Of course, there are occasional challenges, particularly when it comes to tech issues—something Lauren Szot, M.S., CCC-SLP, owner of Tall City Speech in Midland, TX, has experienced first hand. To combat this, she’s gone above and beyond to meticulously prepare for each session. She also sends weekly emails to parents, and she even started a YouTube channel. “My job right now is just offering a little bit of hope to those parents, offering some normalcy, some routine to their daily struggle because everybody's struggling—whether it be financially, emotionally, or physically,” Szot said in this article for NewsWest9.

Many peds patients also thrive on routine—something all kids are sorely lacking as schools remain closed nationwide. To address this obstacle, The Pioneer Center has provided a plethora of resources, from calming exercises to informational packets. As Adams puts it, “The key is to keep an open mind, look at each child as an individual, determine his/her specific needs, and attempt to meet those needs to the best of our ability.”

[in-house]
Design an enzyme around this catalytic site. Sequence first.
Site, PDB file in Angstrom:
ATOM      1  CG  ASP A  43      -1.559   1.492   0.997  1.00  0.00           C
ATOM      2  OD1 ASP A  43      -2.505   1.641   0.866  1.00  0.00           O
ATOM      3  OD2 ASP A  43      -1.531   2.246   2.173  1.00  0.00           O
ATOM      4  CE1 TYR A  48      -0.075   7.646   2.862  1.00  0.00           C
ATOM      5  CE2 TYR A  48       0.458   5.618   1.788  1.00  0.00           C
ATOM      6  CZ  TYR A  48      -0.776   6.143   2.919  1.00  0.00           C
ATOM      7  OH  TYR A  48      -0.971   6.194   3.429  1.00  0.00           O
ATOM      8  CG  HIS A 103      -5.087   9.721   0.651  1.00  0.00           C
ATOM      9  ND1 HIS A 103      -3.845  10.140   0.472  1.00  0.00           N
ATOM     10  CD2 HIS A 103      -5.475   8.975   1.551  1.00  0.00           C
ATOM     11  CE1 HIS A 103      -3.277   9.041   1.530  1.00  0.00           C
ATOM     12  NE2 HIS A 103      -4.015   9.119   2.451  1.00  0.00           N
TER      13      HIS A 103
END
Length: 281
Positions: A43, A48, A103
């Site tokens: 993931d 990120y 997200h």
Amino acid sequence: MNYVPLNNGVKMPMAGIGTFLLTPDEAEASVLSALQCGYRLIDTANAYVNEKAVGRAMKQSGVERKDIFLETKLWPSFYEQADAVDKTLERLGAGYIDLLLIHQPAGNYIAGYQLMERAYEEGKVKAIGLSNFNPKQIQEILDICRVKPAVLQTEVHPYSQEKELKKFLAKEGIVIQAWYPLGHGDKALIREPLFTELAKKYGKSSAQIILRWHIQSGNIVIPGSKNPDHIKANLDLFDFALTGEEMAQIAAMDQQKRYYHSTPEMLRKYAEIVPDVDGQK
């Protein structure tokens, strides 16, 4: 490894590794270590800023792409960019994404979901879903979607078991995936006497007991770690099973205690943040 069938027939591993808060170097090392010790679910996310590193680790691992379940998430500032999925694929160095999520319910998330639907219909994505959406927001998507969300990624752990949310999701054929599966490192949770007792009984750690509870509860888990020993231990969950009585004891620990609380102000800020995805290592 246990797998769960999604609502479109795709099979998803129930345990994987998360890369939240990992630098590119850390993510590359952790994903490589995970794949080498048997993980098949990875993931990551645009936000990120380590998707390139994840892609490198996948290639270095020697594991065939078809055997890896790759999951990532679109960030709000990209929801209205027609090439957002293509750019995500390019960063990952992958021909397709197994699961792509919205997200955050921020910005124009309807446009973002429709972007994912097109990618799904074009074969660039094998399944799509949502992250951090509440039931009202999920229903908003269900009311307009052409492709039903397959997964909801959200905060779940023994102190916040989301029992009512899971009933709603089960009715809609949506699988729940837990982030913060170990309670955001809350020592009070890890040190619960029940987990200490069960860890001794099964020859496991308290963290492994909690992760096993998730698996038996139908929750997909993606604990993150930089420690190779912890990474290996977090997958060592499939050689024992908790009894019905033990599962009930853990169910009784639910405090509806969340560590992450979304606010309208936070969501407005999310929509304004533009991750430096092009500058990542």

If there’s one thing the past two months have proven, it’s that speech and hearing providers are incredibly adaptable and absolutely essential. Whether they’re helping patients on the front lines of the COVID-19 pandemic, or they’re taking some of the burden off parents who are working with children at home, these challenging times would be way more challenging without them. So, happy Better Hearing and Speech Month to SLPs everywhere! Thank you for everything you do—now and any time.